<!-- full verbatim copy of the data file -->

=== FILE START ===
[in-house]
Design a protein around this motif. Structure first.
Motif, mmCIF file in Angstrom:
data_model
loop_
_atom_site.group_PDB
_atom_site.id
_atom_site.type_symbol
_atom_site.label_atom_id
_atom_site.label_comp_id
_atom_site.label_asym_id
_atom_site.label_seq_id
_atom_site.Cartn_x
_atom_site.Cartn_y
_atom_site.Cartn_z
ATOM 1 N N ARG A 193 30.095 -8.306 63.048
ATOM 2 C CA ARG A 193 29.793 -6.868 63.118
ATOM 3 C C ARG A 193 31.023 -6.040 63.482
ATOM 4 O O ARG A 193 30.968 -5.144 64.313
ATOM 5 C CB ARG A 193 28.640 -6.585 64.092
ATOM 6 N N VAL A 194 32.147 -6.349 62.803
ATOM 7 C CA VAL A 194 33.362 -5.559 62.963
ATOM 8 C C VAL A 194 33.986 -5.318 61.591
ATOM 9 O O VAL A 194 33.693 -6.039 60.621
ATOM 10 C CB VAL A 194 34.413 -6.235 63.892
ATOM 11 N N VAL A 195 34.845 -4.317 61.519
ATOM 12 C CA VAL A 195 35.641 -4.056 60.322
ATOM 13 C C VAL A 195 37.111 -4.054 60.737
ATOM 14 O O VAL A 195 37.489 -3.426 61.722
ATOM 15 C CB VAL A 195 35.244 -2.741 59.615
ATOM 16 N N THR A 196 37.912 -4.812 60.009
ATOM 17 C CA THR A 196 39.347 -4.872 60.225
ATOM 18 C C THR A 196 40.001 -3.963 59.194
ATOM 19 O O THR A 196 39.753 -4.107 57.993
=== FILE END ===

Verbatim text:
[in-house]
Design a protein around this motif. Structure first.
Motif, mmCIF file in Angstrom:
data_model
loop_
_atom_site.group_PDB
_atom_site.id
_atom_site.type_symbol
_atom_site.label_atom_id
_atom_site.label_comp_id
_atom_site.label_asym_id
_atom_site.label_seq_id
_atom_site.Cartn_x
_atom_site.Cartn_y
_atom_site.Cartn_z
ATOM 1 N N ARG A 193 30.095 -8.306 63.048
ATOM 2 C CA ARG A 193 29.793 -6.868 63.118
ATOM 3 C C ARG A 193 31.023 -6.040 63.482
ATOM 4 O O ARG A 193 30.968 -5.144 64.313
ATOM 5 C CB ARG A 193 28.640 -6.585 64.092
ATOM 6 N N VAL A 194 32.147 -6.349 62.803
ATOM 7 C CA VAL A 194 33.362 -5.559 62.963
ATOM 8 C C VAL A 194 33.986 -5.318 61.591
ATOM 9 O O VAL A 194 33.693 -6.039 60.621
ATOM 10 C CB VAL A 194 34.413 -6.235 63.892
ATOM 11 N N VAL A 195 34.845 -4.317 61.519
ATOM 12 C CA VAL A 195 35.641 -4.056 60.322
ATOM 13 C C VAL A 195 37.111 -4.054 60.737
ATOM 14 O O VAL A 195 37.489 -3.426 61.722
ATOM 15 C CB VAL A 195 35.244 -2.741 59.615
ATOM 16 N N THR A 196 37.912 -4.812 60.009
ATOM 17 C CA THR A 196 39.347 -4.872 60.225
ATOM 18 C C THR A 196 40.001 -3.963 59.194
ATOM 19 O O THR A 196 39.753 -4.107 57.993